Gaming

Anthem Demo Impressions

With the release date closing in for Anthem, players finally have a taste of what Bioware’s latest sci-fi epic has in store for them. The demo that went up recently lets you play the game from character levels 10-15 which hopefully means that the early story reveals won’t be impacted when the full game arrives. Thought it must be said that it’s hard to tell if what the demo gives you is an accurate idea of what the final game will be.

Your first experience in the game drops you into a hub area from a first person perspective and it’s an impressive sight with some great looking locations that change with the time of day. Characters you speak to are highly detailed and it makes you wish that Bioware would consider making a full first person RPG. People who’ve been following the game from the early announcements might notice that crowd density appears to have been cut back a lot from those early reveals – those busy marketplaces are a lot less so now. That is a shame as the crowds in those videos helped set an effective atmosphere and the reduction now leaves you with only a few NPCs beyond potential quest givers.

Once you take on a mission and jump into a Javelin you arrive in the real meat of the game world and your view switches to a Mass Effect style third person perspective that lets you see your custom suit in all its glory. Traversing the map is much like the early videos with you taking advantage of your Javelin’s flight capabilities. You can still cover a lot of ground on foot (and sprint too) but the amount of verticality in this world means that at some point you’re going to have to take to the skies. What may surprise compared to the early videos is that your flight time is quite limited and your Javelin will quickly overheat meaning you have to still be good at covering ground the old fashioned way (ie. by foot).

But when it comes to the actual combat I’ve got to say it feels really good. If you enjoyed the multiplayer modes from the Mass Effect series (a really fun distraction) you should be in familiar territory. The combat can be frantic and there’s no shortage of enemies being thrown at you. Being able to wade through all the chaos and somehow come out on top is a great feeling especially when taking on the larger enemies. The different Javelins and their abilities encourage team work in missions with everyone finding their role and working the objectives. Playing in a squad of two we had a Colossus (the “tank”) drawing the main forces with a Ranger (the “all-rounder”) picking off the exposed enemies from a distance. My impression is there looks like there are enough variation to let players to experiment a lot and pick the appropriate Javelin to fit the situation and team. It also seems there won’t be any shortage of loot from the missions either and items that you don’t want can be broken down for parts.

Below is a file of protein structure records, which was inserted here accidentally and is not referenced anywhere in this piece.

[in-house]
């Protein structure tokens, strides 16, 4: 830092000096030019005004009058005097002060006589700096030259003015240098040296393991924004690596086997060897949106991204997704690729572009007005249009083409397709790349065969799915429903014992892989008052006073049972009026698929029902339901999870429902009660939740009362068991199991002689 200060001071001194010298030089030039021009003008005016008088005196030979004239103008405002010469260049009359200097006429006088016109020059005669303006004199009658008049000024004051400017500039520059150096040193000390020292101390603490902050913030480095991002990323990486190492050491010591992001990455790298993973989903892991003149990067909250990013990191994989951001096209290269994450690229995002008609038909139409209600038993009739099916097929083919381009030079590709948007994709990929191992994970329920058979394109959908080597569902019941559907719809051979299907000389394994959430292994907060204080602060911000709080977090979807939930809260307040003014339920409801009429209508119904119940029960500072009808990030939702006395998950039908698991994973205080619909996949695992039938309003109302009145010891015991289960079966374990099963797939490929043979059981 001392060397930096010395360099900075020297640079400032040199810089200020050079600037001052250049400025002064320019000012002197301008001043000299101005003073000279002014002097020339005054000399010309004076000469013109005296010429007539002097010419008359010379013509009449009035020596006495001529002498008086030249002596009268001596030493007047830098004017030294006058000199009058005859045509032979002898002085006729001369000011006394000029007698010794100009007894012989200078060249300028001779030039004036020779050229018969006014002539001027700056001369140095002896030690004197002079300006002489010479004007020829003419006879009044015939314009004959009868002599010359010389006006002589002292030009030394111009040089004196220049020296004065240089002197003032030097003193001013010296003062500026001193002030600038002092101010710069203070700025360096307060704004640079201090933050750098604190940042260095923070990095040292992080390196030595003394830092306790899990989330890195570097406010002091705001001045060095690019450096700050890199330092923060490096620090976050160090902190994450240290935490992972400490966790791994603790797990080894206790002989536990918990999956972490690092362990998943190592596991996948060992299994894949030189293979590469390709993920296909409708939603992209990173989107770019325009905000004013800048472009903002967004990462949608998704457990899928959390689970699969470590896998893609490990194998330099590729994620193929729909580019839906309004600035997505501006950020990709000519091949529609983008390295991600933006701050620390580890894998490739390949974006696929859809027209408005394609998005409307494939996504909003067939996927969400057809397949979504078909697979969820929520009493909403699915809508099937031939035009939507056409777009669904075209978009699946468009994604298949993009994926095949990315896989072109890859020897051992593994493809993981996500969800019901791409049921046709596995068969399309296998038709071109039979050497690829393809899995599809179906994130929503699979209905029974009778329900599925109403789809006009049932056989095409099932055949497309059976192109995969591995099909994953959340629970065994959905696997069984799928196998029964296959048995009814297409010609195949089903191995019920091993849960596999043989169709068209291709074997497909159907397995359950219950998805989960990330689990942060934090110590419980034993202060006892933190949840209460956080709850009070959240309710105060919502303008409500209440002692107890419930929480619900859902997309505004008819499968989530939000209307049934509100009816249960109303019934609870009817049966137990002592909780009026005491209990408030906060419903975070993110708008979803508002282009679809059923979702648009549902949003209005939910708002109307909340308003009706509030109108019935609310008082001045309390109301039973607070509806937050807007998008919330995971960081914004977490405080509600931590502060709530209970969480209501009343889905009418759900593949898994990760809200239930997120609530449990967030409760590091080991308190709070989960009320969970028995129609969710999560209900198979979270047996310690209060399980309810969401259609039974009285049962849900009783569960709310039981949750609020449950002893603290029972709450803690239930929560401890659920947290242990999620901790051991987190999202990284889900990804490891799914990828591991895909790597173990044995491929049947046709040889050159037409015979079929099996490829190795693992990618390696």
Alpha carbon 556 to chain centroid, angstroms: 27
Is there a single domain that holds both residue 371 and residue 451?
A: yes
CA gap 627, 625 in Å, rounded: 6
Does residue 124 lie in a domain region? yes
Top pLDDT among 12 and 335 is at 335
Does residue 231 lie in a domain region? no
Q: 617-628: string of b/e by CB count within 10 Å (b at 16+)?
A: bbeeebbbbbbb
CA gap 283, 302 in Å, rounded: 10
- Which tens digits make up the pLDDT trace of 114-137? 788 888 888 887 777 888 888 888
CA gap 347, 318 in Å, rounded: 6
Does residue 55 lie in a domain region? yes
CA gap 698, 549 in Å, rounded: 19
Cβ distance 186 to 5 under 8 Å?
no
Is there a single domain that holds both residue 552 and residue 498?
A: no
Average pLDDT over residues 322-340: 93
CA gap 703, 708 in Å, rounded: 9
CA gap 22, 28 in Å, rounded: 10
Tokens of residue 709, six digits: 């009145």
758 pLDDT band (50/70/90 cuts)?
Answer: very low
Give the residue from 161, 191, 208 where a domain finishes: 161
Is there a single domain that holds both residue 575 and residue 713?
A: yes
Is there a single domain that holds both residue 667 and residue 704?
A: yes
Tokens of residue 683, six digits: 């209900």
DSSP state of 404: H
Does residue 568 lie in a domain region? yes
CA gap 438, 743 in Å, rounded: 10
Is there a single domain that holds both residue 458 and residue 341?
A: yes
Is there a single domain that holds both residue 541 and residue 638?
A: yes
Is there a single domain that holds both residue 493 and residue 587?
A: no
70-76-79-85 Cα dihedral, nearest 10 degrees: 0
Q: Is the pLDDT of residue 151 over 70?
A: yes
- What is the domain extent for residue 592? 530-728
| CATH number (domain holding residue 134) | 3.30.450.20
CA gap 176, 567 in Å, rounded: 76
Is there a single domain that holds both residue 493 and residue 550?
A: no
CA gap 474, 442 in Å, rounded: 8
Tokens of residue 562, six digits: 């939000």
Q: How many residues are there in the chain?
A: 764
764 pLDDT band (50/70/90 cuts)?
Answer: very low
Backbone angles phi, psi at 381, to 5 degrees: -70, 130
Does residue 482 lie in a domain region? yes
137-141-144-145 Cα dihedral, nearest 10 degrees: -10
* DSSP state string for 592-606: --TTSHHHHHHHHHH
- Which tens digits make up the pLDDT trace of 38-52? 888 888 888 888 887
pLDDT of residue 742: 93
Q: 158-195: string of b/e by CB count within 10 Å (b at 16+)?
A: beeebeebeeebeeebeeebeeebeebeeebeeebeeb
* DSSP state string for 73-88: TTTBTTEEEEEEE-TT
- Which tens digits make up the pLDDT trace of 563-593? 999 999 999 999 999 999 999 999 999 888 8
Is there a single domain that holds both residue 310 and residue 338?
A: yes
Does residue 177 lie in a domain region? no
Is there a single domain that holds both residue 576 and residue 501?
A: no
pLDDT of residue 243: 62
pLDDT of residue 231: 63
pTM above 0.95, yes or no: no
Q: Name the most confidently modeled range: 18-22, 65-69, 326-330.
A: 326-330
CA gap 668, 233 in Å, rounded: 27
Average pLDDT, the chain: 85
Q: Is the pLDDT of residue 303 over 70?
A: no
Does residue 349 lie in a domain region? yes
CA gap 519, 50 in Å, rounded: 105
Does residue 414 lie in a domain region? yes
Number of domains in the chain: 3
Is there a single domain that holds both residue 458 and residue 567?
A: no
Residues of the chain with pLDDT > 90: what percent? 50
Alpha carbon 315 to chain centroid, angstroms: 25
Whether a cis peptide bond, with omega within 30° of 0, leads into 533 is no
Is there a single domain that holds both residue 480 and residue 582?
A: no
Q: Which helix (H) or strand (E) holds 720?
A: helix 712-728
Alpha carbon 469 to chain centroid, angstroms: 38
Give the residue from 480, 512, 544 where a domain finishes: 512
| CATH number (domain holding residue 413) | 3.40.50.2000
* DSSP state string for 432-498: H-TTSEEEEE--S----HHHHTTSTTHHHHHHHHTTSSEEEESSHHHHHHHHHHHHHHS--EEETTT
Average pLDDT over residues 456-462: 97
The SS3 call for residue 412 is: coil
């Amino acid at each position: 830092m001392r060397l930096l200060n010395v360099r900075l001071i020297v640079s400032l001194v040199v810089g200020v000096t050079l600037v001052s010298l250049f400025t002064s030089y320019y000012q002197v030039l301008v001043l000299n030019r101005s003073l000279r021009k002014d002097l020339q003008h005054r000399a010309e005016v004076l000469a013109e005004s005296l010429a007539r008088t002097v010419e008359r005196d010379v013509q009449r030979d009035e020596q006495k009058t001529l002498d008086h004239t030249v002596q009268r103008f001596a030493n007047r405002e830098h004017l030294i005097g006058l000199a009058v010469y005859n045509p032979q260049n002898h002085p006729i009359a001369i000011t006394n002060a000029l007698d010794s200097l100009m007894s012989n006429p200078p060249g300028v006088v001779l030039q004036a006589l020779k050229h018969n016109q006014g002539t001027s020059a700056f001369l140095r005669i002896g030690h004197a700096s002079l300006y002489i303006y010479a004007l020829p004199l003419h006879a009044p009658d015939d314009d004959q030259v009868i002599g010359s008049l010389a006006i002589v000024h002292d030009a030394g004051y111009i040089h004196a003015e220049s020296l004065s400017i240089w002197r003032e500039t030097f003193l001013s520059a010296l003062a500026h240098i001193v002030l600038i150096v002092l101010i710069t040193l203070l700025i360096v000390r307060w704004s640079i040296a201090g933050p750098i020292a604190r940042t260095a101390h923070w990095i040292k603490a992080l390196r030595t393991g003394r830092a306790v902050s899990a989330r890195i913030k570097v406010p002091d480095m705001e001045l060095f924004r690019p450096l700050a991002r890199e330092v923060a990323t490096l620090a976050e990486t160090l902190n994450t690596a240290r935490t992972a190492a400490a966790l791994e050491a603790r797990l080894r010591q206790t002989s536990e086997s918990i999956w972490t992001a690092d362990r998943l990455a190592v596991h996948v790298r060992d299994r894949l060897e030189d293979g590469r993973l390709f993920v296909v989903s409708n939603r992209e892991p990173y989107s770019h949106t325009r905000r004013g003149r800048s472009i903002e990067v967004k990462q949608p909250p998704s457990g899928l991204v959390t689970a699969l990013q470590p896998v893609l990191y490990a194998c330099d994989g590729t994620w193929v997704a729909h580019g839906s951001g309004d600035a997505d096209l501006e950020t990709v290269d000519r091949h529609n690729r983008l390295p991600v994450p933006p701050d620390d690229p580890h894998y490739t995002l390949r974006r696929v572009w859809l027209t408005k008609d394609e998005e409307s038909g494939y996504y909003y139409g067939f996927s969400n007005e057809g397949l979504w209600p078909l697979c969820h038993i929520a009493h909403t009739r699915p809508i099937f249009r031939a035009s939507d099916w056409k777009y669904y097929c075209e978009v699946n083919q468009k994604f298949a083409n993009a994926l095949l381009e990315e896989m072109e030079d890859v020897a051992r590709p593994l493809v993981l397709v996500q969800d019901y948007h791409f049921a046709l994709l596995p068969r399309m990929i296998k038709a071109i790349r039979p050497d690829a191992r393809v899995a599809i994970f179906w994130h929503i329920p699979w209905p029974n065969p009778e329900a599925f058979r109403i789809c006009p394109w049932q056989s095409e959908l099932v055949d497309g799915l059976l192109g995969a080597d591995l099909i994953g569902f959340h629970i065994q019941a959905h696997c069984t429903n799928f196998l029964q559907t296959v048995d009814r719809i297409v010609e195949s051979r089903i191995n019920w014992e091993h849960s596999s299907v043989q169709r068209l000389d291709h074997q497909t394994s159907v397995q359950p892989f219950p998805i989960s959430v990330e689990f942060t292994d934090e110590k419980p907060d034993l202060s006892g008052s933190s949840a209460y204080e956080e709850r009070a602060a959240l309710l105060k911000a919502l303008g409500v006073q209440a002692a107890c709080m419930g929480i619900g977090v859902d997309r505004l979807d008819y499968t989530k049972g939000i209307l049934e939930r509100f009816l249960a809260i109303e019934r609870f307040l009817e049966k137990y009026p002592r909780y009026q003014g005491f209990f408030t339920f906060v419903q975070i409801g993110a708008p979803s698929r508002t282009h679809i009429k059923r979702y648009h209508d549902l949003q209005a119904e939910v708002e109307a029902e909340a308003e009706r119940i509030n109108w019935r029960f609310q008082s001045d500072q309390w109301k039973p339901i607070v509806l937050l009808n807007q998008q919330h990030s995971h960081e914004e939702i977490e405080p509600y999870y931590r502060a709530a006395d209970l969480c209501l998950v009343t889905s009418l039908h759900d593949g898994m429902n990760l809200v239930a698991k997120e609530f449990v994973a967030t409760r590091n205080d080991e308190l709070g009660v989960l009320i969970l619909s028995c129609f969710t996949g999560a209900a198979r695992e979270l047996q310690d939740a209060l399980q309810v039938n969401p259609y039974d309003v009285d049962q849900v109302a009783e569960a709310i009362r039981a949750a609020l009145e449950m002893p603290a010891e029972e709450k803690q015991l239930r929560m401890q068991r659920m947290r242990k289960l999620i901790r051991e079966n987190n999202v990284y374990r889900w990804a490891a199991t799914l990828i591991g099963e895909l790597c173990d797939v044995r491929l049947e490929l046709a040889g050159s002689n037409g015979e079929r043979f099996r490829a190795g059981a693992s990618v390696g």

Customisation of your Javelins seems to be where the game is at on the microtransaction front and there appears to be no shortage of ways that players can add their own unique styles. It’s neat seeing material and wear options too so if you want your “suit of armour” to look like beaten, polished metal you can do that easily. If you want your Ranger to look like War Machine from Iron Man/The Avengers it’s surprisingly easy. Vinyls add unique designs too and I can see this being an area which could get a lot of interest if the marketplace can produce plenty of content for a reasonable price.

I did enjoy my time with Anthem but if there’s one word that comes to mind in relation to the demo as a whole it’s “disjointed”. The hub world looks amazing and the characters are incredibly detailed during conversations (Bethesda could learn a thing or two because these are amazing) but it’s a first person experience which all but disappears once you jump into your Javelin… so why do it? When you’re in the main world tackling missions there’s load screens between some areas which really breaks up the feeling that this isn’t truly an open world. The Division really nailed the seamless world aspect with its safehouses and mission handling so it’s hard not to wish Anthem would have chosen to steer a little closer in that direction. The full game may be a different matter entirely… this is a demo after all… but still, there does look like enough here to keep the game on player’s radars.

Anthem launches on February 22nd for PC, Xbox One and PlayStation 4.

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Categories: Gaming, Opinion

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